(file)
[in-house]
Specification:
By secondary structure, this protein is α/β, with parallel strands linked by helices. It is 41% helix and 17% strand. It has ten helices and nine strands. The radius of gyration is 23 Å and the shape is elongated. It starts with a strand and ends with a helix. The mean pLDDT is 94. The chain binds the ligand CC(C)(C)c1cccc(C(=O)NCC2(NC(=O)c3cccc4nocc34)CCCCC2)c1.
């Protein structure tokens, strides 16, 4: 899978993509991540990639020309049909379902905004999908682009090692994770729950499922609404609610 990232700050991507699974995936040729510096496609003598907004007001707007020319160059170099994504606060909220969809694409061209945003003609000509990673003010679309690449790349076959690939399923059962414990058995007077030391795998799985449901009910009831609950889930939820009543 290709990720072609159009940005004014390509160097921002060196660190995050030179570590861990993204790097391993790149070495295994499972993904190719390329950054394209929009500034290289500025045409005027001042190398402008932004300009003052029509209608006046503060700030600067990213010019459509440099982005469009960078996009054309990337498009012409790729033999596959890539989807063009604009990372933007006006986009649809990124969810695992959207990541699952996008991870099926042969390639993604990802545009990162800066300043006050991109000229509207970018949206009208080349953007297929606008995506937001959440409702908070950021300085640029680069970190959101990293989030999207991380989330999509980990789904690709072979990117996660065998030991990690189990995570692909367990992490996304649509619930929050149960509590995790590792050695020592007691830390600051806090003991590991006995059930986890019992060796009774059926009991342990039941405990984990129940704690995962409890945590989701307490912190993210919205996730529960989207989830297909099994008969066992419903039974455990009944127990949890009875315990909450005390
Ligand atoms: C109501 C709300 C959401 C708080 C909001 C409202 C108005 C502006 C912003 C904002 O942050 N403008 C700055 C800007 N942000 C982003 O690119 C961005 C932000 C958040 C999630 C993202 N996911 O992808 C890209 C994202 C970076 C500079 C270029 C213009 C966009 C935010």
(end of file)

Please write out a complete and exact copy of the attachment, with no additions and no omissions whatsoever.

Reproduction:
[in-house]
Specification:
By secondary structure, this protein is α/β, with parallel strands linked by helices. It is 41% helix and 17% strand. It has ten helices and nine strands. The radius of gyration is 23 Å and the shape is elongated. It starts with a strand and ends with a helix. The mean pLDDT is 94. The chain binds the ligand CC(C)(C)c1cccc(C(=O)NCC2(NC(=O)c3cccc4nocc34)CCCCC2)c1.
């Protein structure tokens, strides 16, 4: 899978993509991540990639020309049909379902905004999908682009090692994770729950499922609404609610 990232700050991507699974995936040729510096496609003598907004007001707007020319160059170099994504606060909220969809694409061209945003003609000509990673003010679309690449790349076959690939399923059962414990058995007077030391795998799985449901009910009831609950889930939820009543 290709990720072609159009940005004014390509160097921002060196660190995050030179570590861990993204790097391993790149070495295994499972993904190719390329950054394209929009500034290289500025045409005027001042190398402008932004300009003052029509209608006046503060700030600067990213010019459509440099982005469009960078996009054309990337498009012409790729033999596959890539989807063009604009990372933007006006986009649809990124969810695992959207990541699952996008991870099926042969390639993604990802545009990162800066300043006050991109000229509207970018949206009208080349953007297929606008995506937001959440409702908070950021300085640029680069970190959101990293989030999207991380989330999509980990789904690709072979990117996660065998030991990690189990995570692909367990992490996304649509619930929050149960509590995790590792050695020592007691830390600051806090003991590991006995059930986890019992060796009774059926009991342990039941405990984990129940704690995962409890945590989701307490912190993210919205996730529960989207989830297909099994008969066992419903039974455990009944127990949890009875315990909450005390
Ligand atoms: C109501 C709300 C959401 C708080 C909001 C409202 C108005 C502006 C912003 C904002 O942050 N403008 C700055 C800007 N942000 C982003 O690119 C961005 C932000 C958040 C999630 C993202 N996911 O992808 C890209 C994202 C970076 C500079 C270029 C213009 C966009 C935010």